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Old Nov 24, 2009, 2:18 PM   #5
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What if you try a lower ISO and a tripod?
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Old Nov 24, 2009, 2:35 PM   #6
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Hey Ordo. Was just going to post that. Most of these photos were very high ISO. No wonder there was some visible noise in the darker areas. Usually ISO 3200. Except for the last which was shot at ISO 1400. And they were shot hand-held.

Using a tripod and lower ISO would probably make a difference for sure. Will try that another time. The thing is you rarely have a tripod ready the moment you might want that shot (e.g. with highly active dog or small child). So you are left with handholding your DSLR. Even then you might miss the shot. Any how, I was testing purposely shooting with the camera handheld. Since, I do 98% of my shooting handheld. If my subject was an adult that could sit still it would be a different story. Then for sure I would have used a tripod and probably an external flash.

Having more ISO range would be so beneficial for me and my style of shooting (e.g. handheld). Which is one of many reasons why I'm waiting to see what Nikon does with the next version of the D700. I'm assuming (or hoping) they will base it on the D3s 102k ISO sensor (with 12,800 of "useable" ISO). A lot better than my max "useable" ISO of 3200. The Canon 7D has a useable ISO range of 100-6400 (extendable to 12,800). Almost as much range as the much more expensive D3s. Bettering my D300 as well as I think the newer D300s (as far as ISO range goes).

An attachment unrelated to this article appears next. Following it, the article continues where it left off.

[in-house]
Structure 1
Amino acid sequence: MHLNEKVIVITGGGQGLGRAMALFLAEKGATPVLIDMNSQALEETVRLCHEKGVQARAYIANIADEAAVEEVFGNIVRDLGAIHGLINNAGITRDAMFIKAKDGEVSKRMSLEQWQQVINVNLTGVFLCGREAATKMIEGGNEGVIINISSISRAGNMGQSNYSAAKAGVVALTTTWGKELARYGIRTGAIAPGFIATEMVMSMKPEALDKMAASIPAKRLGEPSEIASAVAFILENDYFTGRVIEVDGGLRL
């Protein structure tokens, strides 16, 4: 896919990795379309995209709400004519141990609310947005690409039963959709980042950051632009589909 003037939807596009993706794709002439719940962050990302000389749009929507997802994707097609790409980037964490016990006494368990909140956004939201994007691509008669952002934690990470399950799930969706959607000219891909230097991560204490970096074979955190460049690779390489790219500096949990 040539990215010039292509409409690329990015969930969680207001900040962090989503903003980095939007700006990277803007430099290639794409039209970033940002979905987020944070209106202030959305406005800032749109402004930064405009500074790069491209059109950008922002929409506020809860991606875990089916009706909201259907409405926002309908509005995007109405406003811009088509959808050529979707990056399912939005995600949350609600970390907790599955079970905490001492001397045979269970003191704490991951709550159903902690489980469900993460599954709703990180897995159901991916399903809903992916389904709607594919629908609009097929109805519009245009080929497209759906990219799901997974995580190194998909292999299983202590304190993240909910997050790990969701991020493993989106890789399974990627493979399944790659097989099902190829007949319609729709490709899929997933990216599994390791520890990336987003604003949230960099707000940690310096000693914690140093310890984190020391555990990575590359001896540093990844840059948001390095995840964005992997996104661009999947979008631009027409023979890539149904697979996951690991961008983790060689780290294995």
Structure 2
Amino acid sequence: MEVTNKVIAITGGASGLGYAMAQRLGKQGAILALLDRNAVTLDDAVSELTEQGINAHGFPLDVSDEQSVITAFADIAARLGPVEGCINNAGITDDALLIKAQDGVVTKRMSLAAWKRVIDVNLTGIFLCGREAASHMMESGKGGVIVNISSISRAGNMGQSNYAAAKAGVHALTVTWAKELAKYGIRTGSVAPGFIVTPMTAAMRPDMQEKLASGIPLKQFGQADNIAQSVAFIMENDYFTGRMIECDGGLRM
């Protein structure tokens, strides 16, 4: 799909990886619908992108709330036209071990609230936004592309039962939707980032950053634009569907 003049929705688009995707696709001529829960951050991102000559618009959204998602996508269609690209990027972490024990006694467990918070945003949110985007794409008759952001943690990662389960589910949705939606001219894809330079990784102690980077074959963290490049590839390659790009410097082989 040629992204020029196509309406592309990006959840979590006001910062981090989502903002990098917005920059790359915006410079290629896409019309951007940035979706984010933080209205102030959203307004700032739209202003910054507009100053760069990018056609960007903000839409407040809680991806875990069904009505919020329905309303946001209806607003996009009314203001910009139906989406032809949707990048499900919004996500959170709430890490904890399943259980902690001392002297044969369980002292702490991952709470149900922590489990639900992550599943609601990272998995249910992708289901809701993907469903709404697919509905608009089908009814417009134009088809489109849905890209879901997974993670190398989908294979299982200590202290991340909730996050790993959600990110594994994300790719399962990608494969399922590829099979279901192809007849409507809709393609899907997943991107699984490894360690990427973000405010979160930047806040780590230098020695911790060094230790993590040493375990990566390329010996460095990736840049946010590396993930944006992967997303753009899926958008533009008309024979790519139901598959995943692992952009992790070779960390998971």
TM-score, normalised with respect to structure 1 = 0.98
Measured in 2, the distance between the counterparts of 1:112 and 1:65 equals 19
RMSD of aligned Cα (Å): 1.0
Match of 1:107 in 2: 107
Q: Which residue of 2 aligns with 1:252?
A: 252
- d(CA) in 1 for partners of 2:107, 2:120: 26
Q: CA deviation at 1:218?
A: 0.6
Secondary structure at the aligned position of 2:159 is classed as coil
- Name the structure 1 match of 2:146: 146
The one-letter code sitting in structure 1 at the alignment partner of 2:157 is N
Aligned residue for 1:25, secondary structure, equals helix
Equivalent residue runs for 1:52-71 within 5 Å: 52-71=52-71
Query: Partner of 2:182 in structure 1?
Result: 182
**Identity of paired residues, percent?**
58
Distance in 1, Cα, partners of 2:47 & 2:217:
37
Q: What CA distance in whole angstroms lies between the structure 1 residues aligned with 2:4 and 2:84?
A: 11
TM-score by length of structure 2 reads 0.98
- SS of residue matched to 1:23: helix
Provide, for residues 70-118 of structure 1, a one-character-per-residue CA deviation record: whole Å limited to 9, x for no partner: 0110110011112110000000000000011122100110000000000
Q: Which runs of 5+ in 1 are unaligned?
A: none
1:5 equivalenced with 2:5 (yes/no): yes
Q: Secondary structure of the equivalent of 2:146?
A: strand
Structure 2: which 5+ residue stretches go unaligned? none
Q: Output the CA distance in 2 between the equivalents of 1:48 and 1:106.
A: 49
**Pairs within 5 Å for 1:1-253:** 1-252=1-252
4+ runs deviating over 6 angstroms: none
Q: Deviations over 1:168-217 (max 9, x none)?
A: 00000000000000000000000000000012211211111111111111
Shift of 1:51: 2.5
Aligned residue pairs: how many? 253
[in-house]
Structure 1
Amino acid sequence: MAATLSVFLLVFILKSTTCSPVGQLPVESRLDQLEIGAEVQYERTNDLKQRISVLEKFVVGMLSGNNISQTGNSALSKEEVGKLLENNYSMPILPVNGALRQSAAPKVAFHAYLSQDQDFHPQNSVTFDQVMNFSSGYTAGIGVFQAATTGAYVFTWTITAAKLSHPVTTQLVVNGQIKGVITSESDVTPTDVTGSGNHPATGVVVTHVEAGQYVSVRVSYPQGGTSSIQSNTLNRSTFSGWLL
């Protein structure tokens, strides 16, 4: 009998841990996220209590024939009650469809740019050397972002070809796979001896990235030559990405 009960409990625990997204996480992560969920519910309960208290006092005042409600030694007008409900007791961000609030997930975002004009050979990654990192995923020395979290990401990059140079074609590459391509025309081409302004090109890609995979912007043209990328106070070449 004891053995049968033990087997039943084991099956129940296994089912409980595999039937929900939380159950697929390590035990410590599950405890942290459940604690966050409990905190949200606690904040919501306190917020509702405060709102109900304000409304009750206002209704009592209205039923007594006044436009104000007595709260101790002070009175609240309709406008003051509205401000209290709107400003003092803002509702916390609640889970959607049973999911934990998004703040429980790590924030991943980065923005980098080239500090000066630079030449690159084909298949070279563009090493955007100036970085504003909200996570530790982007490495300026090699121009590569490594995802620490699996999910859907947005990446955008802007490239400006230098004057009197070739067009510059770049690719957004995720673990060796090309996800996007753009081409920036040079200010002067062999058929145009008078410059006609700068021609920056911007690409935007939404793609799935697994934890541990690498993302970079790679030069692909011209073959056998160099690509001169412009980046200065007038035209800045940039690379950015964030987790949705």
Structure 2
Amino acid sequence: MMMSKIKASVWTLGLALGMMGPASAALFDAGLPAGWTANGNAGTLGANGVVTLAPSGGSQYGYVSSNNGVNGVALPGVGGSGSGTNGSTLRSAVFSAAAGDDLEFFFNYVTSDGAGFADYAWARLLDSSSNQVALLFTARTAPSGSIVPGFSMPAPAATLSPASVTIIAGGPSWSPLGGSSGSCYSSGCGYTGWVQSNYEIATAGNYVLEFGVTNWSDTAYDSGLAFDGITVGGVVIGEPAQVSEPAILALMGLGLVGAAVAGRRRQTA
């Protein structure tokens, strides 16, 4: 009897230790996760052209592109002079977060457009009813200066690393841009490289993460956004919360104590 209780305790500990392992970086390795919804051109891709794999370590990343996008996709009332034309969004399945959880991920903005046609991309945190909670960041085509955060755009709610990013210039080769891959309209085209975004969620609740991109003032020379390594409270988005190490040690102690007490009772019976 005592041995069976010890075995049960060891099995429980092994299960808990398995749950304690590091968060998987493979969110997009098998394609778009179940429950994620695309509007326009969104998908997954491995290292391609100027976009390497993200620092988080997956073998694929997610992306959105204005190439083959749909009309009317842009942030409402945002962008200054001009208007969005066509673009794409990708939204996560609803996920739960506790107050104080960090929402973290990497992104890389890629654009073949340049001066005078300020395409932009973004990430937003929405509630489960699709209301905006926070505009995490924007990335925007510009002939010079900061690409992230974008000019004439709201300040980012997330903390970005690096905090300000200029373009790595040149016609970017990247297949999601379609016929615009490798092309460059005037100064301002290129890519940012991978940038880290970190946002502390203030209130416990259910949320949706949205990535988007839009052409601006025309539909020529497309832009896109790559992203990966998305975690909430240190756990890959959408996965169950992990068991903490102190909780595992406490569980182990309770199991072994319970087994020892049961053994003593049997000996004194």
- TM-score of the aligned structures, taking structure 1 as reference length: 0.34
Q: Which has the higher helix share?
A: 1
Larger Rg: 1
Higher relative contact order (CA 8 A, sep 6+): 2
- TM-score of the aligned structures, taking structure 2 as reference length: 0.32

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Old Nov 24, 2009, 7:23 PM   #7
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I would llke that 18 Mp sensor too.
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Old Nov 25, 2009, 9:56 AM   #8
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I conclude that using a non-full-frame camera you're bound to loose some detail in the shadows. Or if a dark colored area is not lit up enough. As I last night found another photo of my dog taken with a lot more natural light in the room illuminating the fur on his back. Shot at ISO 3200! Showing more detail than man of the ISO 1000-2800 photos where there was less light and mostly shadow.

Really would love to hear from Nikon about their plans for the next version of their D700. Having a combination of a new FF sensor and better useable ISO range of up to 12,800 should make quite a difference.